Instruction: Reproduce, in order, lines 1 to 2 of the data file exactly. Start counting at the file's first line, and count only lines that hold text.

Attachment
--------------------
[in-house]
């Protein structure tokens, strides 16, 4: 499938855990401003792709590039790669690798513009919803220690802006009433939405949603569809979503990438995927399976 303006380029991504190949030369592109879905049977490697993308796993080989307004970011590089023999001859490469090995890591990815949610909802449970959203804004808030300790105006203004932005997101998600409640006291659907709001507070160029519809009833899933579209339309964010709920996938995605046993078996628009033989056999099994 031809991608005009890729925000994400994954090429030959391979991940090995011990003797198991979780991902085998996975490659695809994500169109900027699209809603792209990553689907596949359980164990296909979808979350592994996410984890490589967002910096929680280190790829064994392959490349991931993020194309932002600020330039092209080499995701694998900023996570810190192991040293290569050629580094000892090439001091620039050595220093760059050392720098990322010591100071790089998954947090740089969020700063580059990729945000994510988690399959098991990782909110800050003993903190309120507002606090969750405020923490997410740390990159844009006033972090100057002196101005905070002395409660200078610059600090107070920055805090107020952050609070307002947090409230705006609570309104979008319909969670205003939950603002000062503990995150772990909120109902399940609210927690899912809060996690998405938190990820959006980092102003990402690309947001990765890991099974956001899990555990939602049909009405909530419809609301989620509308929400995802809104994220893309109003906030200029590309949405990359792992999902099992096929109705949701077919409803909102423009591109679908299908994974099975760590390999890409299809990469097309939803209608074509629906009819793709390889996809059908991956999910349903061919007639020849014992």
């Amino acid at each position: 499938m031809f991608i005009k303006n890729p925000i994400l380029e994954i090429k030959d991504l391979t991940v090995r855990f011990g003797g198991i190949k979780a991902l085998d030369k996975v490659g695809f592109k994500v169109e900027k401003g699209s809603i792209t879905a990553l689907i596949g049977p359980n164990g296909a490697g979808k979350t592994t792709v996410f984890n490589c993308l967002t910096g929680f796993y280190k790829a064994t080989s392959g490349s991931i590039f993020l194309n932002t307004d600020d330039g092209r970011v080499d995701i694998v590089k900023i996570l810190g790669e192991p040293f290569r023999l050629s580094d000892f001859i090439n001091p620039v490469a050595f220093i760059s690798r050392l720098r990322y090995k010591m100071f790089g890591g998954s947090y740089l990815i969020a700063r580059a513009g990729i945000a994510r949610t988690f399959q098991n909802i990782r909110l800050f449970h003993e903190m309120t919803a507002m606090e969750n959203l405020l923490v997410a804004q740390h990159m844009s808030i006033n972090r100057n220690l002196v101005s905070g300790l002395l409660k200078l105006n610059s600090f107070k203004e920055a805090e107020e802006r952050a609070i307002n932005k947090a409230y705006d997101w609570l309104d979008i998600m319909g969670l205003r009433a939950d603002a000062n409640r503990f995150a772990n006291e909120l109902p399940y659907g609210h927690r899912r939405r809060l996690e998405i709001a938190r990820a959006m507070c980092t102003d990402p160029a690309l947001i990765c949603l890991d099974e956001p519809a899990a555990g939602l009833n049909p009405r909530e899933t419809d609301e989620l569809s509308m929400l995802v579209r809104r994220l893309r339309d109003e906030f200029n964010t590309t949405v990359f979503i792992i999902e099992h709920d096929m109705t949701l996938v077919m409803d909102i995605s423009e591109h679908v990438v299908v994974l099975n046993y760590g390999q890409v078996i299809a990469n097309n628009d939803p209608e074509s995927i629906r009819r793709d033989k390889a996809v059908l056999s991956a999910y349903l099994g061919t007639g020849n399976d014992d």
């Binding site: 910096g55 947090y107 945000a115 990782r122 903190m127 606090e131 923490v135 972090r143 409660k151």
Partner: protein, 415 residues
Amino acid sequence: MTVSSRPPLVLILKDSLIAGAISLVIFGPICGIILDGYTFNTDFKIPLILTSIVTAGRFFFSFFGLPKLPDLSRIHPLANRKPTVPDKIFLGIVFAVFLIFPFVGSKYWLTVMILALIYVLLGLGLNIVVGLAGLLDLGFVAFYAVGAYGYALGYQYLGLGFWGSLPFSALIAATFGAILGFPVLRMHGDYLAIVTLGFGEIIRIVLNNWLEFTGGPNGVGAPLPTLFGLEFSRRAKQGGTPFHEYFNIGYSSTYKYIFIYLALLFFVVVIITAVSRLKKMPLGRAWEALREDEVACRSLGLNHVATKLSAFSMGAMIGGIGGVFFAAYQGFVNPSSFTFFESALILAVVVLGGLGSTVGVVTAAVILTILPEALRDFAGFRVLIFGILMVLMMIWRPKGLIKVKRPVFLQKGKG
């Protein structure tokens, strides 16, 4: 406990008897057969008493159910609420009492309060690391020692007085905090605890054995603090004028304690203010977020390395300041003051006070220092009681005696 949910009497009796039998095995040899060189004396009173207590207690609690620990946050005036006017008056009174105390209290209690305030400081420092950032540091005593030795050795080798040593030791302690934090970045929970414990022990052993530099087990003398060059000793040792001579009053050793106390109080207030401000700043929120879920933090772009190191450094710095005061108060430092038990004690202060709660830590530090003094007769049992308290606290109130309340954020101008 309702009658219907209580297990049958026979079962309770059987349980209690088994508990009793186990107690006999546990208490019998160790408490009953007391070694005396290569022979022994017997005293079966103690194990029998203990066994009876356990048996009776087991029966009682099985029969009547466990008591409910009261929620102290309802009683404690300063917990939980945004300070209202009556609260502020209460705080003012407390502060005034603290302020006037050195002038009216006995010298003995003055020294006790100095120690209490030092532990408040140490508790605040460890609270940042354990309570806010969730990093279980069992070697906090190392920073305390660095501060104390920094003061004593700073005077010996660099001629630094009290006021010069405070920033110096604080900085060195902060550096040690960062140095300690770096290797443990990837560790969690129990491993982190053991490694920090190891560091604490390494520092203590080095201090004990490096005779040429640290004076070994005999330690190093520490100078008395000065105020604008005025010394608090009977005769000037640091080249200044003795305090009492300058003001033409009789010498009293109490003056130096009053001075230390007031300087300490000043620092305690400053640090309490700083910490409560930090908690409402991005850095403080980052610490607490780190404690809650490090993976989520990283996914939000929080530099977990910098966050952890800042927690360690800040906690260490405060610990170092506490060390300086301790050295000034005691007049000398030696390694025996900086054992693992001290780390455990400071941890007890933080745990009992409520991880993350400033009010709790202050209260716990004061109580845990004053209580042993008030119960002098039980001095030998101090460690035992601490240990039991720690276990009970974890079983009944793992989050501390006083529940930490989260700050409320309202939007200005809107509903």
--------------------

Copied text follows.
[in-house]
């Protein structure tokens, strides 16, 4: 499938855990401003792709590039790669690798513009919803220690802006009433939405949603569809979503990438995927399976 303006380029991504190949030369592109879905049977490697993308796993080989307004970011590089023999001859490469090995890591990815949610909802449970959203804004808030300790105006203004932005997101998600409640006291659907709001507070160029519809009833899933579209339309964010709920996938995605046993078996628009033989056999099994 031809991608005009890729925000994400994954090429030959391979991940090995011990003797198991979780991902085998996975490659695809994500169109900027699209809603792209990553689907596949359980164990296909979808979350592994996410984890490589967002910096929680280190790829064994392959490349991931993020194309932002600020330039092209080499995701694998900023996570810190192991040293290569050629580094000892090439001091620039050595220093760059050392720098990322010591100071790089998954947090740089969020700063580059990729945000994510988690399959098991990782909110800050003993903190309120507002606090969750405020923490997410740390990159844009006033972090100057002196101005905070002395409660200078610059600090107070920055805090107020952050609070307002947090409230705006609570309104979008319909969670205003939950603002000062503990995150772990909120109902399940609210927690899912809060996690998405938190990820959006980092102003990402690309947001990765890991099974956001899990555990939602049909009405909530419809609301989620509308929400995802809104994220893309109003906030200029590309949405990359792992999902099992096929109705949701077919409803909102423009591109679908299908994974099975760590390999890409299809990469097309939803209608074509629906009819793709390889996809059908991956999910349903061919007639020849014992």